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Tuesday, September 27, 2011

Waking Up Alive in a Morgue

Everyone has different fears but one fear that is probably universal is being buried alive. The next closest thing would be finding yourself locked in a morgue refrigerator, wrapped in a plastic body bag…while you are still alive. I first read about a story like this earlier in July 2011, when an 80-year-old man awoke in a morgue refrigerator in South Africa after being sent there due to a presumed death from an asthma attack. Twenty-one hours later, when the man awoke and realized something was wrong, he began screaming and morgue workers thought that the noise was a ghost. The man was rescued after it was realized the voice came from a real person. He was then taken to a hospital and discharged in stable condition. Needless to say, the man was traumatized, had difficulty sleeping, and had nightmares.

Well, now it has happened again…this time to a woman in her 60s in Brazil, who was pronounced dead from pneumonia after suffering two strokes. In this case, the woman’s daughter came to see her mother in the morgue and gave her one final hug. When doing so, she realized her mother was still breathing. The hospital was notified but this was after the poor woman had spent two hours in a plastic bag. The patient was immediately put back on life support. The nurse who first checked her vital signs was fired.

It is reassuring that this has not happened in the United States yet but it may just be a matter of time. My concern is that there may be too casual of an attitude towards death and that the evaluations of these patients were not done as carefully as they should be. In many cases, where people have advanced directives to keep them alive at any circumstances, there would usually be an objective way to test to see if the person was truly dead – an absence of electrical activity of the heart as measured by an electrocardiogram.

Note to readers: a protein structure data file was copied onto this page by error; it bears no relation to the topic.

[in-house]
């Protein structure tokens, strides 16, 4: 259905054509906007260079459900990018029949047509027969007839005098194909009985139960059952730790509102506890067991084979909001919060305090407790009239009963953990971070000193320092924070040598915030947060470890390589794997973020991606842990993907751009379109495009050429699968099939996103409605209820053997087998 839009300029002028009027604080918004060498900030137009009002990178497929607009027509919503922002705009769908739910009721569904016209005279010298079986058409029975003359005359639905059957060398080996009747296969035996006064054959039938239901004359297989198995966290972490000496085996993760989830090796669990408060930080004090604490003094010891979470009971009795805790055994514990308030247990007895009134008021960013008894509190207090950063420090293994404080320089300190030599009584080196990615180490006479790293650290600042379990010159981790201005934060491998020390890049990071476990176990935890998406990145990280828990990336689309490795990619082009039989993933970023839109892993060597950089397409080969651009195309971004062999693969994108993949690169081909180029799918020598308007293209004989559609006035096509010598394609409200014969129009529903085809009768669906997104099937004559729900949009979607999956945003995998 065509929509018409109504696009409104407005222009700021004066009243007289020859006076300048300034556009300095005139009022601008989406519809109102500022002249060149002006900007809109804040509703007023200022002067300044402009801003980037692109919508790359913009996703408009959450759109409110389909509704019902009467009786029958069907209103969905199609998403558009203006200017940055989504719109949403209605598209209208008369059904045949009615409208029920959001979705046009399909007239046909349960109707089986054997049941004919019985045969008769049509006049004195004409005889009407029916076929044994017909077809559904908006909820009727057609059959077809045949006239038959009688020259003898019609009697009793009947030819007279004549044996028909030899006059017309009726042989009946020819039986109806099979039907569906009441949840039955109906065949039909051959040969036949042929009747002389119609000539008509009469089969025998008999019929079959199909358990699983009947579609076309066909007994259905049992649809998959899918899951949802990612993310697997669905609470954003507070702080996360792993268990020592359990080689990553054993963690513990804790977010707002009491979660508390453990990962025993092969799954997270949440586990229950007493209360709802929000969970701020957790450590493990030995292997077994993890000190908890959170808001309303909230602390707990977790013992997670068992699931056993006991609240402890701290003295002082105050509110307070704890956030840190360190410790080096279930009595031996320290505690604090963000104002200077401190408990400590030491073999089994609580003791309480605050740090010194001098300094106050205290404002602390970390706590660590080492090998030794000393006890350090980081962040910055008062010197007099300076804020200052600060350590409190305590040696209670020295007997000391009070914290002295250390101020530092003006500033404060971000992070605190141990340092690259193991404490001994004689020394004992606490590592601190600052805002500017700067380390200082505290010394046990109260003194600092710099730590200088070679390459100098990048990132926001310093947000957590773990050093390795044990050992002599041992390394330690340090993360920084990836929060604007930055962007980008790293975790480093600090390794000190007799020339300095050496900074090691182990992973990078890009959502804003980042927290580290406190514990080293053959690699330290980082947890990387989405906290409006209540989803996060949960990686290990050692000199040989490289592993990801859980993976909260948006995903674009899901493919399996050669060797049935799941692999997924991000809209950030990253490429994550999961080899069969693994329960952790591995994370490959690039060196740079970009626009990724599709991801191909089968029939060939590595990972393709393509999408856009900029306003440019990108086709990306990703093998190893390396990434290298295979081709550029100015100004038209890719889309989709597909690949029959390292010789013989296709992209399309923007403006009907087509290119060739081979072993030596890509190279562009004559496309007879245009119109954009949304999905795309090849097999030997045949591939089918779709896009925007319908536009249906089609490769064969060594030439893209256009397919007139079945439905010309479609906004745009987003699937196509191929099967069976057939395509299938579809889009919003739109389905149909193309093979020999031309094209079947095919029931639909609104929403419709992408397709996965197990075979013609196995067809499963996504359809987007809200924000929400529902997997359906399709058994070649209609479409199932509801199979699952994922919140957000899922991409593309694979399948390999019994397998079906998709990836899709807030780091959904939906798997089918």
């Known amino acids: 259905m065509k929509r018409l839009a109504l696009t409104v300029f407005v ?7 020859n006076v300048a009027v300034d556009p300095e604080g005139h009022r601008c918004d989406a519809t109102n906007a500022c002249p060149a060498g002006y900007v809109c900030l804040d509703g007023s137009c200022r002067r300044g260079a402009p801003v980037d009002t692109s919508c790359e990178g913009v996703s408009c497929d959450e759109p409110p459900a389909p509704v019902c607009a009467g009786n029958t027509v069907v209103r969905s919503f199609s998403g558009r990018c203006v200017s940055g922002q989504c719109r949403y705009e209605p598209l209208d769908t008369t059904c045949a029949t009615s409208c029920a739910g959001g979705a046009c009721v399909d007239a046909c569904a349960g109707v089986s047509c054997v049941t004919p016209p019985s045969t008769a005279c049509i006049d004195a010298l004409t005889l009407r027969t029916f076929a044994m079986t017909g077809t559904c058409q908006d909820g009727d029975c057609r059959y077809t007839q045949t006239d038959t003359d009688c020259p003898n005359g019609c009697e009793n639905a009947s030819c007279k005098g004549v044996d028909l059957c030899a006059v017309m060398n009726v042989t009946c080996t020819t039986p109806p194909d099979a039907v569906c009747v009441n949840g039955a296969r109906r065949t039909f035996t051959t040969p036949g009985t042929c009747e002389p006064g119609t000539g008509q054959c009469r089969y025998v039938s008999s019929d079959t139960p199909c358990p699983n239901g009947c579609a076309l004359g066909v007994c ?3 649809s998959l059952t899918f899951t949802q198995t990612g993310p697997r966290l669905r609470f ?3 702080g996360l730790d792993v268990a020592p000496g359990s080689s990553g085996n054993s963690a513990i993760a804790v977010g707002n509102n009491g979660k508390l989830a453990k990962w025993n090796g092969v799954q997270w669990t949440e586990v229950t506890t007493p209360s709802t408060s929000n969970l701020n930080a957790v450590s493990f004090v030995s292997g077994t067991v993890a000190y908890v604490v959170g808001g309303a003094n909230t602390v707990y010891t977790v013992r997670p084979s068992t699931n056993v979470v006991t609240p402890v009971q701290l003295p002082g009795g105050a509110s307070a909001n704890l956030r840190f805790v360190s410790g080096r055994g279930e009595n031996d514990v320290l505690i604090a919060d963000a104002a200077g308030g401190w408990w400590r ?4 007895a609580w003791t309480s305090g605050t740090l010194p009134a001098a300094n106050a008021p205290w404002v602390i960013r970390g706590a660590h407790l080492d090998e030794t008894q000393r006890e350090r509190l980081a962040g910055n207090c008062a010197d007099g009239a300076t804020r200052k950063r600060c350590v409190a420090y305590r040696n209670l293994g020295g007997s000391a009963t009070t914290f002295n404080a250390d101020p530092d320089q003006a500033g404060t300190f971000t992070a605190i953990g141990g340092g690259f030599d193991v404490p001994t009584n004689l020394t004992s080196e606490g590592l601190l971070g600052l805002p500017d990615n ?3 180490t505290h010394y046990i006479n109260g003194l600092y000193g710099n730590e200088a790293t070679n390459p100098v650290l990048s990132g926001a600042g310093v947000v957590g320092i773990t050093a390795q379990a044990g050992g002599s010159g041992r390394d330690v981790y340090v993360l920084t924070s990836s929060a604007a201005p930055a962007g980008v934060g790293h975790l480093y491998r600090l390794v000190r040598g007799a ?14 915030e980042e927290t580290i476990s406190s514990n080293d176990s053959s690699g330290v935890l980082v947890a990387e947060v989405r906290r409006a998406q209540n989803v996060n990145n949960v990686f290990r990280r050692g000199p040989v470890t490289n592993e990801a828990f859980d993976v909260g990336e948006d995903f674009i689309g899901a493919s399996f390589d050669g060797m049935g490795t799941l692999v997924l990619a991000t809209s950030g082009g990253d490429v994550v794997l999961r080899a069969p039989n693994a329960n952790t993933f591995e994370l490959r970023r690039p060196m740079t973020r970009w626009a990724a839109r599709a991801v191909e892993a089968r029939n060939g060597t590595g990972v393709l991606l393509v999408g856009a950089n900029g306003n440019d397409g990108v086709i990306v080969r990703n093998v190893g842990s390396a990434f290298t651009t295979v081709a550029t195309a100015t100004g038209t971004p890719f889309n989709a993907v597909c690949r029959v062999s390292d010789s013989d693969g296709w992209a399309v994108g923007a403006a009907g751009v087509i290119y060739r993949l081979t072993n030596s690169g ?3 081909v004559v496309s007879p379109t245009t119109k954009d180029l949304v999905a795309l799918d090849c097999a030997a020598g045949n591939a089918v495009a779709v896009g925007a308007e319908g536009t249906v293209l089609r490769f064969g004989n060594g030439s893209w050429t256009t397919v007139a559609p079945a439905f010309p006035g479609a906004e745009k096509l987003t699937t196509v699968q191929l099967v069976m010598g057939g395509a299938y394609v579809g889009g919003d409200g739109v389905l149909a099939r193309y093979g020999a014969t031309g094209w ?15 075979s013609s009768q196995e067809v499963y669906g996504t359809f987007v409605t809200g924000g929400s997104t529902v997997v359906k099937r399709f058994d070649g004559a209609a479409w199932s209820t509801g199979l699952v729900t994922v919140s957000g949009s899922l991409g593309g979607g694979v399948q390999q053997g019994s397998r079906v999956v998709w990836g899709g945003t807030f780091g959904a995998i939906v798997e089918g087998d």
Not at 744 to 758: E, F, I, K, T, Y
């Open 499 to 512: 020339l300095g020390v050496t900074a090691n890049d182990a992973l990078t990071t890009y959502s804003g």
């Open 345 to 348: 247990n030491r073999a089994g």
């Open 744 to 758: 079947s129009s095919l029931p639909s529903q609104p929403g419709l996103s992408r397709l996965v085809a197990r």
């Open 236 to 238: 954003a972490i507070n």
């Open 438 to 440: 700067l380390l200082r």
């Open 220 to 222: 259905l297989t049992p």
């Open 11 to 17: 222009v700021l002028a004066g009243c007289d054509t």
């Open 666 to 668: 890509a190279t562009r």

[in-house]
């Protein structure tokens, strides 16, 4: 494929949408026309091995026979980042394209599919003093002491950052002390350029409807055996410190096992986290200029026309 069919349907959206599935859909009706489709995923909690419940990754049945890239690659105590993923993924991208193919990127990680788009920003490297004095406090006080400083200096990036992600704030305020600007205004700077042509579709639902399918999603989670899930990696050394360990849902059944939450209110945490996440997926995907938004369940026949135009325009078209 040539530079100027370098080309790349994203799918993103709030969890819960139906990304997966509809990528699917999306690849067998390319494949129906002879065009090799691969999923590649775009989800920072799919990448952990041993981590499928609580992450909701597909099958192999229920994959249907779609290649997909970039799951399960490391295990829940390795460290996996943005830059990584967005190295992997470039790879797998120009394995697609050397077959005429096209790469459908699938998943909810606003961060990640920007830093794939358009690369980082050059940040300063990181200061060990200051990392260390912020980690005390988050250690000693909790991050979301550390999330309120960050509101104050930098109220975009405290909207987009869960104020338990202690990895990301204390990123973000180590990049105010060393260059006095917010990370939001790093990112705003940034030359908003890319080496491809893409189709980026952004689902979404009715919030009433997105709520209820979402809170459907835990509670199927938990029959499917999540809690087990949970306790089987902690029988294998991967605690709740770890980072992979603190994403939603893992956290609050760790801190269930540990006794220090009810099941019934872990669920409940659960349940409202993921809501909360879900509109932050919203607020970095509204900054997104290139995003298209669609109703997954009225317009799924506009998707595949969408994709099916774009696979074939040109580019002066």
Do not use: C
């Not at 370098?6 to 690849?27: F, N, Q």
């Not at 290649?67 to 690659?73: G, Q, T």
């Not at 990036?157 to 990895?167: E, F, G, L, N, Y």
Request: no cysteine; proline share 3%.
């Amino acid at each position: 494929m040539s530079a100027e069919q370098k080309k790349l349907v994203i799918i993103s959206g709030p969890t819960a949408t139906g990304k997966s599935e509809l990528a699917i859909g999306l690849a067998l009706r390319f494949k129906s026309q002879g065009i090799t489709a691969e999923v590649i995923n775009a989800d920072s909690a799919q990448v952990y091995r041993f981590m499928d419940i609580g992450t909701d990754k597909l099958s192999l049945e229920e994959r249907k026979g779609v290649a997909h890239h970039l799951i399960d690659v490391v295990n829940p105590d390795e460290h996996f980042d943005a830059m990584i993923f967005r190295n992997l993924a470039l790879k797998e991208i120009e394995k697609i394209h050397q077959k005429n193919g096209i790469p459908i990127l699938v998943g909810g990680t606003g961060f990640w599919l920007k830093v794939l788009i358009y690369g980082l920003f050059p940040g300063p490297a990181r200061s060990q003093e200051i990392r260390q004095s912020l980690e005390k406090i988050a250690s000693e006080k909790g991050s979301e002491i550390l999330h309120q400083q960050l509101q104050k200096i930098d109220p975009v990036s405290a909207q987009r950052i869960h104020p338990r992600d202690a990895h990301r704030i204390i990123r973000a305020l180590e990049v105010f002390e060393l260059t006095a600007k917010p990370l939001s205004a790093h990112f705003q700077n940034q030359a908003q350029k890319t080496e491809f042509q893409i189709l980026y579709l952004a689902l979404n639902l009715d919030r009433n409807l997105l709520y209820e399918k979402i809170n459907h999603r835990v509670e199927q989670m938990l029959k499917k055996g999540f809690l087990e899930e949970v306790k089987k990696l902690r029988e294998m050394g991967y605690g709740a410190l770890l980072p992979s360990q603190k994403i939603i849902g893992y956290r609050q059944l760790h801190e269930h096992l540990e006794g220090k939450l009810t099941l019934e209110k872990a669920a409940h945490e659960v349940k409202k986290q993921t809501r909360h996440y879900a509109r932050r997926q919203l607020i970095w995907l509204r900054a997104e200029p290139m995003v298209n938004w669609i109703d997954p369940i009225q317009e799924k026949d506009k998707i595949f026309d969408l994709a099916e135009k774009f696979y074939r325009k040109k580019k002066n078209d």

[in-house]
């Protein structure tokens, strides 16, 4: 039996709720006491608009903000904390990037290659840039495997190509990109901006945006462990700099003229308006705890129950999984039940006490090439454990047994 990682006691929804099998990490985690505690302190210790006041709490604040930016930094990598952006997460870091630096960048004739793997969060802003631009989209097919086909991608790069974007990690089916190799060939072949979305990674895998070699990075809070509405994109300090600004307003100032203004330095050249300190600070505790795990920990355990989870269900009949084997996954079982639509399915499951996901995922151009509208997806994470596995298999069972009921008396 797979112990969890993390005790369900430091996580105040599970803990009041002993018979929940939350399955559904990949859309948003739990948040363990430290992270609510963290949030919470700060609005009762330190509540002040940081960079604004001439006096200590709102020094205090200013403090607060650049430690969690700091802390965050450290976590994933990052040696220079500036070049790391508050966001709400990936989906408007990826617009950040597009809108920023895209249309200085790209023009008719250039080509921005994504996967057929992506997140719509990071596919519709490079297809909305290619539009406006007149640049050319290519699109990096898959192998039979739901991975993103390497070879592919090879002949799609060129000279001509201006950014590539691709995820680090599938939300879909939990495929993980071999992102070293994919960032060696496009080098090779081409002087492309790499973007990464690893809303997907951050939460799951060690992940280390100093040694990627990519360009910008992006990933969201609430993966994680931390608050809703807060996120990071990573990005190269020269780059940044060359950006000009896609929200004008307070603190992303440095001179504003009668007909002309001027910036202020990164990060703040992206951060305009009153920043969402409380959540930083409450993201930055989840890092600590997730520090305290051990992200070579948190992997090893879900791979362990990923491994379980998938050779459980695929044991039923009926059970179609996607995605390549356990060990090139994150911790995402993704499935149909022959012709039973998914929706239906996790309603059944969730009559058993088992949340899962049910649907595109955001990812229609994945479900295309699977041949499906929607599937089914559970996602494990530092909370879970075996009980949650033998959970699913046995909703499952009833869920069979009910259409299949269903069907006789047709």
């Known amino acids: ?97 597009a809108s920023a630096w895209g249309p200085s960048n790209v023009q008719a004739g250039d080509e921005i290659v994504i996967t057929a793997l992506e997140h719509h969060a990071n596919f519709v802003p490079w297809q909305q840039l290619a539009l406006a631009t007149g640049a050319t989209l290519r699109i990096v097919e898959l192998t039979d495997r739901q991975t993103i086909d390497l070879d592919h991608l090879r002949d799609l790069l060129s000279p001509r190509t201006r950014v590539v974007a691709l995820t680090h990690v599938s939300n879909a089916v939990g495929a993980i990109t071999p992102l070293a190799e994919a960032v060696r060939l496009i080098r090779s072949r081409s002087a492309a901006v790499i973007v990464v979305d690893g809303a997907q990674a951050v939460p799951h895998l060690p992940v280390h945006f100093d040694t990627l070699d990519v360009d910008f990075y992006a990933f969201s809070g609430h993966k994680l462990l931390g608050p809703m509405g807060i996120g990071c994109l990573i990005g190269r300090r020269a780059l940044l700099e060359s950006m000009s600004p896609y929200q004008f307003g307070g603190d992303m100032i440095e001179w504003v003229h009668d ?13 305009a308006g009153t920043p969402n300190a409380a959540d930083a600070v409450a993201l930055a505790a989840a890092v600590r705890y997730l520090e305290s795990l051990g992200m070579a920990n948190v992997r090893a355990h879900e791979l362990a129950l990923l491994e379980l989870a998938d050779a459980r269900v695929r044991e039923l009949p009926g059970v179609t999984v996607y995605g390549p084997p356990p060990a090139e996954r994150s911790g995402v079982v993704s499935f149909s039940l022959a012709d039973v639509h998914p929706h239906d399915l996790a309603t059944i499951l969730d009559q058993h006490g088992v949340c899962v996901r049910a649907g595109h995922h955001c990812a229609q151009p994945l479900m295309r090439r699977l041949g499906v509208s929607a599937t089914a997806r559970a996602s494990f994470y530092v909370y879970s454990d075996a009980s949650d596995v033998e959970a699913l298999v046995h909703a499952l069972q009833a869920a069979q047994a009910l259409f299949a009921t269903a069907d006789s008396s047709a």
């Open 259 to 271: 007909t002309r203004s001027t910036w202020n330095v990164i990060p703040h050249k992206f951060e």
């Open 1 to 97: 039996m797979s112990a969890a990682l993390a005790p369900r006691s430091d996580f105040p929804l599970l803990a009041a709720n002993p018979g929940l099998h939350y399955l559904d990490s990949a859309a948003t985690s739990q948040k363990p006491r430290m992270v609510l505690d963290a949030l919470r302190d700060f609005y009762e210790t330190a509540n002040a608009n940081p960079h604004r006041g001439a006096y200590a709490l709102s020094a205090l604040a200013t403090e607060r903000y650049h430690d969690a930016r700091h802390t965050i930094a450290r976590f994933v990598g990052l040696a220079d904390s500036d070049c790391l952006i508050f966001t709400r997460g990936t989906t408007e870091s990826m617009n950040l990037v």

However, some people have advanced directives that they should not be resuscitated and so they may not be hooked up to such electrical tests. This often happens in nursing homes, for example. In such cases, a nurse usually checks the pulse and respiration (breathing). This should be double checked by another nurse. In hospitals, a doctor usually does this. It is very hard to imagine, if the nurse or doctor took their time doing this assessment, how a person can be declared dead when they are alive because they would be breathing and have a pulse, even if both were decreased. These issues need to be taken more seriously because what happened in these two cases should never happen anywhere.

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